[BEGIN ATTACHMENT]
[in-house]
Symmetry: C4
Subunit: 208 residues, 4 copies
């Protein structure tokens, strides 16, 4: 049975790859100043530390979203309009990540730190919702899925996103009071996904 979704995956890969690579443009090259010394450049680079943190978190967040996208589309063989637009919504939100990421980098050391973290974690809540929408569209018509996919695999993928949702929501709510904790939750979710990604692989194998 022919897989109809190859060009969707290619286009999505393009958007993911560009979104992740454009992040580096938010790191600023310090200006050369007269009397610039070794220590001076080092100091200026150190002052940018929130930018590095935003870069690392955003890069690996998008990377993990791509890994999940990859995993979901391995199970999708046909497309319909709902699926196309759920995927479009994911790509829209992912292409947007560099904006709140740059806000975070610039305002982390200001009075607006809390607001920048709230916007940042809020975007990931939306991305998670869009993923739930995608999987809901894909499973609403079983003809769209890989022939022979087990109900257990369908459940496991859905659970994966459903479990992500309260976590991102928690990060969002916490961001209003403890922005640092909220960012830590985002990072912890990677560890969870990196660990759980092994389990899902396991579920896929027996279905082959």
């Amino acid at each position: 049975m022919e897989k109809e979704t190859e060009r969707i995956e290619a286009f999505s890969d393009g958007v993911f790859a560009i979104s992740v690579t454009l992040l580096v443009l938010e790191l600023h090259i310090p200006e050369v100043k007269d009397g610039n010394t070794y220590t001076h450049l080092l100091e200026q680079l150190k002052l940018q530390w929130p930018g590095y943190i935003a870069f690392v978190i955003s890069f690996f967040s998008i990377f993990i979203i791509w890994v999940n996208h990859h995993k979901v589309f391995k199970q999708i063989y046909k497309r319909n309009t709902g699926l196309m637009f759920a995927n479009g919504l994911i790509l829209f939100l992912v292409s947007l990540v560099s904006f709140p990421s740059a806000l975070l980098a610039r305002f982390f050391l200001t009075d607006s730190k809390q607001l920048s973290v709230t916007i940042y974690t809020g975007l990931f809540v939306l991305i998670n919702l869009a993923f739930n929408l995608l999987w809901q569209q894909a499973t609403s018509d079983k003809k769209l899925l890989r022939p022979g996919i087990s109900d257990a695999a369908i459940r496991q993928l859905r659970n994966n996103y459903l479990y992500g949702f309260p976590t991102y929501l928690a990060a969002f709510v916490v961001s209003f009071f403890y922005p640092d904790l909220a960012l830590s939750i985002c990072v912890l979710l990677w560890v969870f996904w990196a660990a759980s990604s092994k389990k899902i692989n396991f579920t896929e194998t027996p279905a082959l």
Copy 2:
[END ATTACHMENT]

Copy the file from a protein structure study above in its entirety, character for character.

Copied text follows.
[in-house]
Symmetry: C4
Subunit: 208 residues, 4 copies
């Protein structure tokens, strides 16, 4: 049975790859100043530390979203309009990540730190919702899925996103009071996904 979704995956890969690579443009090259010394450049680079943190978190967040996208589309063989637009919504939100990421980098050391973290974690809540929408569209018509996919695999993928949702929501709510904790939750979710990604692989194998 022919897989109809190859060009969707290619286009999505393009958007993911560009979104992740454009992040580096938010790191600023310090200006050369007269009397610039070794220590001076080092100091200026150190002052940018929130930018590095935003870069690392955003890069690996998008990377993990791509890994999940990859995993979901391995199970999708046909497309319909709902699926196309759920995927479009994911790509829209992912292409947007560099904006709140740059806000975070610039305002982390200001009075607006809390607001920048709230916007940042809020975007990931939306991305998670869009993923739930995608999987809901894909499973609403079983003809769209890989022939022979087990109900257990369908459940496991859905659970994966459903479990992500309260976590991102928690990060969002916490961001209003403890922005640092909220960012830590985002990072912890990677560890969870990196660990759980092994389990899902396991579920896929027996279905082959």
């Amino acid at each position: 049975m022919e897989k109809e979704t190859e060009r969707i995956e290619a286009f999505s890969d393009g958007v993911f790859a560009i979104s992740v690579t454009l992040l580096v443009l938010e790191l600023h090259i310090p200006e050369v100043k007269d009397g610039n010394t070794y220590t001076h450049l080092l100091e200026q680079l150190k002052l940018q530390w929130p930018g590095y943190i935003a870069f690392v978190i955003s890069f690996f967040s998008i990377f993990i979203i791509w890994v999940n996208h990859h995993k979901v589309f391995k199970q999708i063989y046909k497309r319909n309009t709902g699926l196309m637009f759920a995927n479009g919504l994911i790509l829209f939100l992912v292409s947007l990540v560099s904006f709140p990421s740059a806000l975070l980098a610039r305002f982390f050391l200001t009075d607006s730190k809390q607001l920048s973290v709230t916007i940042y974690t809020g975007l990931f809540v939306l991305i998670n919702l869009a993923f739930n929408l995608l999987w809901q569209q894909a499973t609403s018509d079983k003809k769209l899925l890989r022939p022979g996919i087990s109900d257990a695999a369908i459940r496991q993928l859905r659970n994966n996103y459903l479990y992500g949702f309260p976590t991102y929501l928690a990060a969002f709510v916490v961001s209003f009071f403890y922005p640092d904790l909220a960012l830590s939750i985002c990072v912890l979710l990677w560890v969870f996904w990196a660990a759980s990604s092994k389990k899902i692989n396991f579920t896929e194998t027996p279905a082959l």
Copy 2: